In the literary field the word “seminal” used to be very much in fashion, and it still surfaces from time to time, usually from newer authors. It’s a very “college” word, one people tend to use to make themselves look fancy, like “eponymous” (which I am guilty of overusing) or “mimetic.” Recently I saw “seminal” used in a talk about Toni Morrison – I winced. Why? Well let’s look at the definition of “seminal”:

  1. of, relating to, or consisting of seed or semen
  2. containing or contributing the seeds of later development

First of all, in the literary field, the term is (almost always) used when referring to a person’s best-known or most highly-regarded work, so even if we’re using definition #2 it’s being used incorrectly. Second, even the dictionary is giving primacy to a definition that is explicitly and exclusively linked to male biology. Problematic. If there’s one thing Morrison’s work is not it’s seminal as in definition #1, perhaps you can use it correctly when discussing Song on Solomon, but what about Sula? Even if you can use the word doesn’t mean that you should want to use it. Going deeper into the etymology of seminal we need to look at its Latin root.

from Latin seminalis, from semin-, semen seed

Wow, “semin, semen seed” that is one seminal Lain root right there. So what’s the big deal? Basically in using the word “seminal” to describe a literary work, even if you have definition #2 in mind, you’re still referencing a Lain root use that is grounded in male sexual reproduction. This is problematic because it implies that the origin of a work is male, regardless of who wrote it. This is not about being “PC” (which in moderation it not the worst thing that could happen to the world*), it is about retiring a word from academic use – for both students and scholars – that places the locus of origin not simply in masculinity, but in biological maleness.

The Man's Journal for Men

Perhaps if you want to publish in The Man’s Journal for Men: Bildungroman and Hemingway Edition then by all means, use the word, I won’t complain. Heck, I’d love to see that journal, it sounds tense. For everyone/thing else, using “seminal” will elicit eye rolls and admonishments from informed members of your audience. If I’m there, I might just “boo” you, and wouldn’t that be unpleasant? Use of “seminal” will communicate to your audience that you are out of touch or, even worse, being purposefully disrespectful to the author or work that you are discussing.

* I cannot help but think of a 1960s newspaper article I stumbled upon with an op-ed about the “high heel fashion trend” from a respected, male, war correspondent. In it he related an anecdote about a fat woman (yes, he literally calls her out for being fat) who got her high heel stuck in a grate on the street and had to be rescued by the writer. Even though she’s stupid, he notes, at least it gave him a chance to be chivalrous, which is a dying profession because of stupid feminism. What a gentleman.

Lolita x Feminism = Parfait Doll

The borderland between feminism and cute/kawaii/feminine/girly culture is one that I’ve thought about for a long time. My blog is one long document of struggle. If you look back through the pages you’ll see literary scholarship parsed with doll announcements. Even some of my Zombuki dolls are feminist revisions of anti-woman myths (Leda and the Swan, the Crane Wife). However I still feel that, were I to blog about, oh say, a new Hello Kitty Re-Ment set, it would somehow throw my legitimacy as a “serious” scholar, educator, artist, and perhaps even feminist into question. I need to get over this.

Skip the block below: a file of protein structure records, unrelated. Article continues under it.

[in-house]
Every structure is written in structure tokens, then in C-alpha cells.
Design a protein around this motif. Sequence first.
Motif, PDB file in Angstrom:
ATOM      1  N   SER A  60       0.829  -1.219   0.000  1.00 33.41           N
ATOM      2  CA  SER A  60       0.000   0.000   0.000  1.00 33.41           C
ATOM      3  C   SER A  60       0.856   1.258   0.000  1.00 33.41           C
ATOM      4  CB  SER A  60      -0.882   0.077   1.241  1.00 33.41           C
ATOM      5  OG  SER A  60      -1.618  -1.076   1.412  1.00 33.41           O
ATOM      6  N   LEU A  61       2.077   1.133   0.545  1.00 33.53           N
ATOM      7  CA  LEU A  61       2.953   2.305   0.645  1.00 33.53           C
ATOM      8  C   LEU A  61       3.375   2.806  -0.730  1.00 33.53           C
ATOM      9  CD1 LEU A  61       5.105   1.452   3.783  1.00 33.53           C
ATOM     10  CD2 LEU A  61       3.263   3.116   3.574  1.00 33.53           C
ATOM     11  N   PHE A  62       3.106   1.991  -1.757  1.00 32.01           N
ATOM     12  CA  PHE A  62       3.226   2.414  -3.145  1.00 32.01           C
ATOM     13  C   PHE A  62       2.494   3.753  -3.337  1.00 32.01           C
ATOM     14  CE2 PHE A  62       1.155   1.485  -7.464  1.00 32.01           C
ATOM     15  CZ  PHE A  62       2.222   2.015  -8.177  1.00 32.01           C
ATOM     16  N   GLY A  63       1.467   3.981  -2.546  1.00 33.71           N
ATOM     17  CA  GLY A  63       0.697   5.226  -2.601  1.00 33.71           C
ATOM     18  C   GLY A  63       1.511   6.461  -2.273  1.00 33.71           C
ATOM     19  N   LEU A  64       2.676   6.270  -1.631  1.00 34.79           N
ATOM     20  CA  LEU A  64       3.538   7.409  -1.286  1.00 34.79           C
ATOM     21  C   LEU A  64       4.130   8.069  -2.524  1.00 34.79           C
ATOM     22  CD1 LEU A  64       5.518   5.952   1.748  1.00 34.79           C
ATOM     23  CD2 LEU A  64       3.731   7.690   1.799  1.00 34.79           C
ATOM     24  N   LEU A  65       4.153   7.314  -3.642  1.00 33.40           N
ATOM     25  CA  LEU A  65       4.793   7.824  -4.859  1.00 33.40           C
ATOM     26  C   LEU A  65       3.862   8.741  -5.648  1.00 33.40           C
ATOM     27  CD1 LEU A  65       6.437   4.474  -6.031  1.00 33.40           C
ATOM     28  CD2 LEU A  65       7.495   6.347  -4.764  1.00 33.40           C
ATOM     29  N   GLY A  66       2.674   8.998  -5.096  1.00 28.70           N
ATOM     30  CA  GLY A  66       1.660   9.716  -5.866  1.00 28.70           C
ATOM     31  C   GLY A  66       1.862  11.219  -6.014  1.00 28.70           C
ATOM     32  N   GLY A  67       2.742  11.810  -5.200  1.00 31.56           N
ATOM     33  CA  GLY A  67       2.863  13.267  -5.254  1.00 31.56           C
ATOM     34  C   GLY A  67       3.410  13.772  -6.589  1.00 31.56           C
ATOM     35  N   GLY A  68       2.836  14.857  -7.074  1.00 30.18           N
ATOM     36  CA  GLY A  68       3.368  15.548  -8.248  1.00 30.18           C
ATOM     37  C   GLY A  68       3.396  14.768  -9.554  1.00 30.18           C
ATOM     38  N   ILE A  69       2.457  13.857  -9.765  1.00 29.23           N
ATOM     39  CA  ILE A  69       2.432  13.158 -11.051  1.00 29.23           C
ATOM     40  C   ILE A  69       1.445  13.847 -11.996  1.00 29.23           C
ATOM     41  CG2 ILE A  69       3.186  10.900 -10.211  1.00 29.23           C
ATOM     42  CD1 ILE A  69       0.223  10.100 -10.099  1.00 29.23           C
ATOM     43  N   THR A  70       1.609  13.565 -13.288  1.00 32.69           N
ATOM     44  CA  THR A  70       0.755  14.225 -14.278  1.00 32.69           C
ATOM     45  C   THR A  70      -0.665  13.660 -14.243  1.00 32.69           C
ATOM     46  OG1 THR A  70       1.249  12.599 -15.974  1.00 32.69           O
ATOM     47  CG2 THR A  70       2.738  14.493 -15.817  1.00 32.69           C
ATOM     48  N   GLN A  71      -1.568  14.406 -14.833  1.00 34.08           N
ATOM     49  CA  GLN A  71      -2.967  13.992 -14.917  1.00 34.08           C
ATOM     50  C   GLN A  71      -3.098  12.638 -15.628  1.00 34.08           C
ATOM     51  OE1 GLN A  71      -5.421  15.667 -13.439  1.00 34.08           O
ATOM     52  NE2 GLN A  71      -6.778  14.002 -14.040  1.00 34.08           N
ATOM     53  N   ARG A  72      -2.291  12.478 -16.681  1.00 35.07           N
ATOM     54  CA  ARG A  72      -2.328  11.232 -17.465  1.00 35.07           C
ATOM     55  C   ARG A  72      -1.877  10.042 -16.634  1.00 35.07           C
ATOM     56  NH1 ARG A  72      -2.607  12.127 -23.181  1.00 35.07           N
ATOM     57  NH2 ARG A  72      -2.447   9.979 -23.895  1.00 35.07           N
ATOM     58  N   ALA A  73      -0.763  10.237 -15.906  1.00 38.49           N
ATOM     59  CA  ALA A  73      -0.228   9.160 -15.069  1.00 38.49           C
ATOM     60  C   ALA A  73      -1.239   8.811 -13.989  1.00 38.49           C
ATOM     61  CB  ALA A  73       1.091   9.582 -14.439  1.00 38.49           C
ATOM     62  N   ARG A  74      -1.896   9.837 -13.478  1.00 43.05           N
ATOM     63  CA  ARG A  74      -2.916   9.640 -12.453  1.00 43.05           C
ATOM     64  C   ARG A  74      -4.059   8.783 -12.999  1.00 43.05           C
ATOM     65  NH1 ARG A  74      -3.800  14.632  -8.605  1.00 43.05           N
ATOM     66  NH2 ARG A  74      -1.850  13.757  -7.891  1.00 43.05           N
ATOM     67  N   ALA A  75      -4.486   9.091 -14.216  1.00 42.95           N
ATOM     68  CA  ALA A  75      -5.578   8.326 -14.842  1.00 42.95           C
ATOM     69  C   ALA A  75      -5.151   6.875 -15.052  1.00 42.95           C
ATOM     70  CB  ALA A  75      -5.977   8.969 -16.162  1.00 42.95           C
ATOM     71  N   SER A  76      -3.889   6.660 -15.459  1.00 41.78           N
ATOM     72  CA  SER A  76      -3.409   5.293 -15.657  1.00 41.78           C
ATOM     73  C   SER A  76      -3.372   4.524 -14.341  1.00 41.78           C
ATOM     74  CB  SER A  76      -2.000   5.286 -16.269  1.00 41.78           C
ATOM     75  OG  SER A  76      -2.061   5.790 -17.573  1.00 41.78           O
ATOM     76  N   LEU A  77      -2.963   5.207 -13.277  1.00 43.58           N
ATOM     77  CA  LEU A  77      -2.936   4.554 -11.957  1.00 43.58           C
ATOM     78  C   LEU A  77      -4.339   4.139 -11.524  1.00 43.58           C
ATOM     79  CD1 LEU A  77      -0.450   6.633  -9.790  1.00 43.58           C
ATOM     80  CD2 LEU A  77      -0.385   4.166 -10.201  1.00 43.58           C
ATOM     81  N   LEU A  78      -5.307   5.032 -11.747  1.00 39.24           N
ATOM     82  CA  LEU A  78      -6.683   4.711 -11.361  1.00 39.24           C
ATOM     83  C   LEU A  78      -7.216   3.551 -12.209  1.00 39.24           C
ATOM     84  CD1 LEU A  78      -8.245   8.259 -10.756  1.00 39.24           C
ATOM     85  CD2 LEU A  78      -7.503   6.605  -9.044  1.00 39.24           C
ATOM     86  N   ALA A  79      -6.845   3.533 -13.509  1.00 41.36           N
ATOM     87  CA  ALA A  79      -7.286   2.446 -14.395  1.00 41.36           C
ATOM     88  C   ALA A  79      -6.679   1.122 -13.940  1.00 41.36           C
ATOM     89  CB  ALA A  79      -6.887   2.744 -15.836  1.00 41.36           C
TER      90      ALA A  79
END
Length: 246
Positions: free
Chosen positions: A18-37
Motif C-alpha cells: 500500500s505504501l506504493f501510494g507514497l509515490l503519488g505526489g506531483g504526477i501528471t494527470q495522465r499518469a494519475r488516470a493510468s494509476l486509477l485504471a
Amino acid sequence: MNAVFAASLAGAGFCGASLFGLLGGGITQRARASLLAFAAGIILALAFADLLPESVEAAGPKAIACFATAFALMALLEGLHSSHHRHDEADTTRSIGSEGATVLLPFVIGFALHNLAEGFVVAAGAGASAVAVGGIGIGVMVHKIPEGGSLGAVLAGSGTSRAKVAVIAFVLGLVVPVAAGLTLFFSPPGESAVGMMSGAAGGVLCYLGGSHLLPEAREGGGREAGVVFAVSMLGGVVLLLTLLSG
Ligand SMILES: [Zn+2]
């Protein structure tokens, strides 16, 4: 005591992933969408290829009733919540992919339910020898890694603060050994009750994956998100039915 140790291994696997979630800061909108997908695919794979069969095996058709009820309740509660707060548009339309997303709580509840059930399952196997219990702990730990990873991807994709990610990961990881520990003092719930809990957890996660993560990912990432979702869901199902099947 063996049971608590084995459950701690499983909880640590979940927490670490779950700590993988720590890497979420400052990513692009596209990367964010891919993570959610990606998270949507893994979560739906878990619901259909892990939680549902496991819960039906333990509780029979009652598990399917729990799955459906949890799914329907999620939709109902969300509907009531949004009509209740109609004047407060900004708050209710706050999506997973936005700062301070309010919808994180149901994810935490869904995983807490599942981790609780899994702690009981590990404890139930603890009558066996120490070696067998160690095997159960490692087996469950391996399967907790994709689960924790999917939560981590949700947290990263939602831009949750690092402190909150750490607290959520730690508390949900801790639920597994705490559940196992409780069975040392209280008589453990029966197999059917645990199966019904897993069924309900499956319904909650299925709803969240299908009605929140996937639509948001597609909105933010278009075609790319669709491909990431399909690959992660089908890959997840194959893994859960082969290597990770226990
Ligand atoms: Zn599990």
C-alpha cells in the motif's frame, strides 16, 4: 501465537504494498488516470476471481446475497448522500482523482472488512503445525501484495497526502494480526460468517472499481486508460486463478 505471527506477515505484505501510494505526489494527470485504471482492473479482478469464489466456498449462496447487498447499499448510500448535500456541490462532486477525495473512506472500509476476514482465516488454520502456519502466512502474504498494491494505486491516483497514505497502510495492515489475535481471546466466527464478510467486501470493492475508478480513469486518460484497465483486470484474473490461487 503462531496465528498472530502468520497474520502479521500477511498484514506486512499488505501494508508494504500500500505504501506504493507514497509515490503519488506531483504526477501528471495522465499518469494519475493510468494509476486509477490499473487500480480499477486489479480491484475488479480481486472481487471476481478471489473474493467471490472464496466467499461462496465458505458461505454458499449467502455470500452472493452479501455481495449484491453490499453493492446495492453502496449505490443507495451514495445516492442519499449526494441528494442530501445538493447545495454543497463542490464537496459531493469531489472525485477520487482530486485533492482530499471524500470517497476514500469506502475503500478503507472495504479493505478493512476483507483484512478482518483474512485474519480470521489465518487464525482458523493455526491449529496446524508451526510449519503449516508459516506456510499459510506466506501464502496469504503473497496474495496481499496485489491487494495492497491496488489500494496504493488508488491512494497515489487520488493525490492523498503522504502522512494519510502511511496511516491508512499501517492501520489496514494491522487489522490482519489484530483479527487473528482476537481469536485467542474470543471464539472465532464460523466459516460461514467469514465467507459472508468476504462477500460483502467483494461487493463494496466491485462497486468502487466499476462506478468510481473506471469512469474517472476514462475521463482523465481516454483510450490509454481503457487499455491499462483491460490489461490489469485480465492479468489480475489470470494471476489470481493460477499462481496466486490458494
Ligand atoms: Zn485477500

The amazing feminist lolita blog Parfait Doll does a stunning job of navigating this space. She is clearly a brilliant young woman who absolutely feels that her lolita lifestyle is perfectly in step with her feminism. She is a hero. Here is an excerpt from her spotlight of Subversive Kawaii:

Just because I’m cute and enjoy cute things, doesn’t mean you can walk on me. Just because I like pink and ribbons and glitter, doesn’t mean I’ll stand for being treated like a little girl without opinions of my own. Here’s the thing. When I am angry and have choice words and hand gestures for Paul Ryan on my television set, I am tired of being told to act like a lady and express my anger in a more respectful way. I don’t owe these guys my respect. I am five foot two, I have pink hair and I am wearing a tiara and I do not have to show you respect if I choose not to. I do not have to play nice.

First of all: applause! Second of all, I need to be able to get to this place of comfort with myself. Reading her blog I realize that I’m not there yet, and I need to be. Having (now wanting to have) pink hair, loving Hello Kitty, collecting dolls, and watching children’s movies (or regular sitcoms, but things without violence/drama) has led to a a lot personal criticism: that I am a baby, a child, that I don’t want to grow up, or that I want to be Japanese. I need to tell those people to bite me. Bowing to it, not publishing Hello Kitty next to scholarship, letting it effect me, letting it change how I act or what I do, it all tells those people that they are right, that I should change, that I am the problem instead of them.

I need to work on this, and I am going to, and if you at all get where I’m coming from go subscribe to Parfait Doll, I think you will really enjoy it.